The first provisional tax return (IRP6) and payment is due on Wednesday 31 August 2022.

Please consider the following questions: 

  • Do you earn a salary from an employer who is not registered for PAYE (e.g., an Embassy)?
  • Do you earn income other than your salary (e.g., income from rental property)?
  • Do you earn salary/pension/annuity from different sources?
  • Do you earn interest of more than R23,800.00 per year (R34,500 for persons aged 65 and older)?
  • Are you self-employed?
  • Are you a director of a business?

If you answer “yes” to any one of the above questions, you may be a provisional taxpayer.

What is Provisional tax?


Provisional tax is not separate from income tax.  It is a method of paying your tax obligation in advance so as not to have a large tax debt when you submit your Income Tax return (ITR12/IT14).  Provisional tax allows the tax debt to be spread over the tax year, based on estimated taxable income.

Much like the tax (PAYE) deducted from an individual’s salary every month, provisional tax is paid during the tax year, so that the tax obligation is settled by the time your income tax return is filed and assessed. 

However, as PAYE is deducted monthly off an individual’s salary during the tax year, provisional tax is paid on two occasions during the tax year (August/ February) and is calculated, submitted, and paid by yourself. 

You may, and are encouraged, to reach out to a registered tax practitioner to assist in the calculation, submission, and payment of your Provisional Tax return (IRP6).

Who is a provisional taxpayer?


Any person who receives income (or to whom income accrues) other than remuneration, is a provisional taxpayer.  Therefore, most salary earners are not provisional taxpayers.  Taxpayers who earn salaries/compensation/pension from multiple sources/employers at the same time may also have to pay provisional tax.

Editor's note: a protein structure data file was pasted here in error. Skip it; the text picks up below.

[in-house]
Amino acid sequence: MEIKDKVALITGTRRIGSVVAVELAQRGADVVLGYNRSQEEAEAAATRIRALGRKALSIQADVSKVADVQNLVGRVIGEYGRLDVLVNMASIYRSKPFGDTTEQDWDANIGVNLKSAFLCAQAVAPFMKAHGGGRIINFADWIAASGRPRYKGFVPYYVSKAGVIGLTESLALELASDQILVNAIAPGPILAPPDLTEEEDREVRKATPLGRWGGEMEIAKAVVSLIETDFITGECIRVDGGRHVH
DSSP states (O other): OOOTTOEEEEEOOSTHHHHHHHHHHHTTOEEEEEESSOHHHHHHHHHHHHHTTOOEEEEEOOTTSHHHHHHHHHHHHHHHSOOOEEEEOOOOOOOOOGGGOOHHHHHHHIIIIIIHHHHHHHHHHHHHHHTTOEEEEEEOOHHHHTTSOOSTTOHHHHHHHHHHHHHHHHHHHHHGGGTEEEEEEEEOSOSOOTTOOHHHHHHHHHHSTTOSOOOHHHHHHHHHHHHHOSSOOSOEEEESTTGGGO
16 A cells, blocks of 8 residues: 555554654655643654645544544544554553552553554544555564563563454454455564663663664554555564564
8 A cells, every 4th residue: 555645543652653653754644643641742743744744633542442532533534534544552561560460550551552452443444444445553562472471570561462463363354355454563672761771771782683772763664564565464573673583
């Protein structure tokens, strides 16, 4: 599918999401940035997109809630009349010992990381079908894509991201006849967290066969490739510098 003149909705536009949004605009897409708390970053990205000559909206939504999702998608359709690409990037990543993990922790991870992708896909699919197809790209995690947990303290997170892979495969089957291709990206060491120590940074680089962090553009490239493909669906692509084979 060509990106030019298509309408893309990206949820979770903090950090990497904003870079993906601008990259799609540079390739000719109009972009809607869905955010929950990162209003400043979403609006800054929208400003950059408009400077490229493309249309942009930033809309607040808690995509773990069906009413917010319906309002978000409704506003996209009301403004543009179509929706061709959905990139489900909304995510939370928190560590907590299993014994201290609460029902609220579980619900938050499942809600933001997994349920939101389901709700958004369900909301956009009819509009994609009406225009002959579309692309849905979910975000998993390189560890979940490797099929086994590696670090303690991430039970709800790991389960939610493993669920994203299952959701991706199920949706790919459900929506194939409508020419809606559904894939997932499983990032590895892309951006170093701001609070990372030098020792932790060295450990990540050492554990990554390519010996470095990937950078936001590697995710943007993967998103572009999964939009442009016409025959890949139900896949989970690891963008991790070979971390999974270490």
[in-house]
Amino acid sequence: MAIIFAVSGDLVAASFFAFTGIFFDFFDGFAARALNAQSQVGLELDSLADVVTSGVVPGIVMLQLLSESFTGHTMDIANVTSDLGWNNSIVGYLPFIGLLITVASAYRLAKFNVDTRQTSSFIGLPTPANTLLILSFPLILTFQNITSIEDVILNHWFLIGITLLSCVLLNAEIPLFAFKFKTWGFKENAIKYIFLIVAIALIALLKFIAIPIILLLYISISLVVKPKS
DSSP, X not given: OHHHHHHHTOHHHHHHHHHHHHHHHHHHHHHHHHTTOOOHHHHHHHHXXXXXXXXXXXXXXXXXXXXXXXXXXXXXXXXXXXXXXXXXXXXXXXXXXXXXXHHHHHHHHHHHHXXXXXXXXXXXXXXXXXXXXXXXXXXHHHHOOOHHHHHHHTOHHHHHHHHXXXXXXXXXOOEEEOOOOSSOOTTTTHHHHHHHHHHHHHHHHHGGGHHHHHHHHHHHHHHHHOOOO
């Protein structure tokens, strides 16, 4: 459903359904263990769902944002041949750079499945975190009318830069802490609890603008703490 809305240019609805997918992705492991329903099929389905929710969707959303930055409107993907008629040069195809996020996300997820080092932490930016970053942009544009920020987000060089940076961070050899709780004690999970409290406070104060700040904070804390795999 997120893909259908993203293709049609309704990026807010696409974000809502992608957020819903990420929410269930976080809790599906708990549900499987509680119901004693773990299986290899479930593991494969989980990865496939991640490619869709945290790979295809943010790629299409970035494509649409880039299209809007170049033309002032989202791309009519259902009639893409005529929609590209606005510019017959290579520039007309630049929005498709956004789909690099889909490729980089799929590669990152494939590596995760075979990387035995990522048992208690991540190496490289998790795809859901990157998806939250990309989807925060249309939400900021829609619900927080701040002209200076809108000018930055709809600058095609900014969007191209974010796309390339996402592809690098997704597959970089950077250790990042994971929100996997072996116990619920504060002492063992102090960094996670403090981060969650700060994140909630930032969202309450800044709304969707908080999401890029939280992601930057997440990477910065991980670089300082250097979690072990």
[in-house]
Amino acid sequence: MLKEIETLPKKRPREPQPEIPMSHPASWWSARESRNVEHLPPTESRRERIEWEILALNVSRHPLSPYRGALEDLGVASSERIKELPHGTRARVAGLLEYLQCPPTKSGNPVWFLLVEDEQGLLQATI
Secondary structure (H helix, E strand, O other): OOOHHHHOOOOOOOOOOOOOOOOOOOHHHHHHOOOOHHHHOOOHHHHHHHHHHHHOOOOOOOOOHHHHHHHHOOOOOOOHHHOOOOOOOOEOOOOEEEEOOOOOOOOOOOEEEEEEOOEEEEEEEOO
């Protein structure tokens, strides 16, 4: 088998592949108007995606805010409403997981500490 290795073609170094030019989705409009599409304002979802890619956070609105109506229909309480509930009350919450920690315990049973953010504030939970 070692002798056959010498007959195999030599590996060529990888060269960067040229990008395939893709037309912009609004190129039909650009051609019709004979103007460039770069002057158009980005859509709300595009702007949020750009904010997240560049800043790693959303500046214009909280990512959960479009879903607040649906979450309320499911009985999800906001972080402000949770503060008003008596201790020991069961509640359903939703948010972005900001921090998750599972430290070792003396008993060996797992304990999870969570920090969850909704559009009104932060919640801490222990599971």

Any person who is told by the Commissioner is a provisional taxpayer, has to pay Provisional Tax.

Companies/trusts/closed corporations are also provisional taxpayers.

Excluded from provisional tax are:


Any natural person is not required to pay provisional tax if the said person:

  • Does not carry on any business.
  • Earns salary/compensation/pension from a single source.
  • Does not have any other form of income (e.g., income from a rental property).
  • Whose taxable income will not exceed the tax threshold.
  • Earns interest less than R23,800 per year (R34,500 for persons aged 65 and older).

Also excluded from provisional tax are:

  • A non-resident owner or charterer of ships or aircraft.
  • Deceased estates.
  • Approved Public Benefit Organisations or recreational clubs that have been approved by the Commissioner in terms of s30 or s30A.
  • Body Corporates, share block companies or certain associations of persons that are exempt from tax.
  • A small business funding entity.

When must provisional tax be paid?


For natural persons and businesses with a February year-end: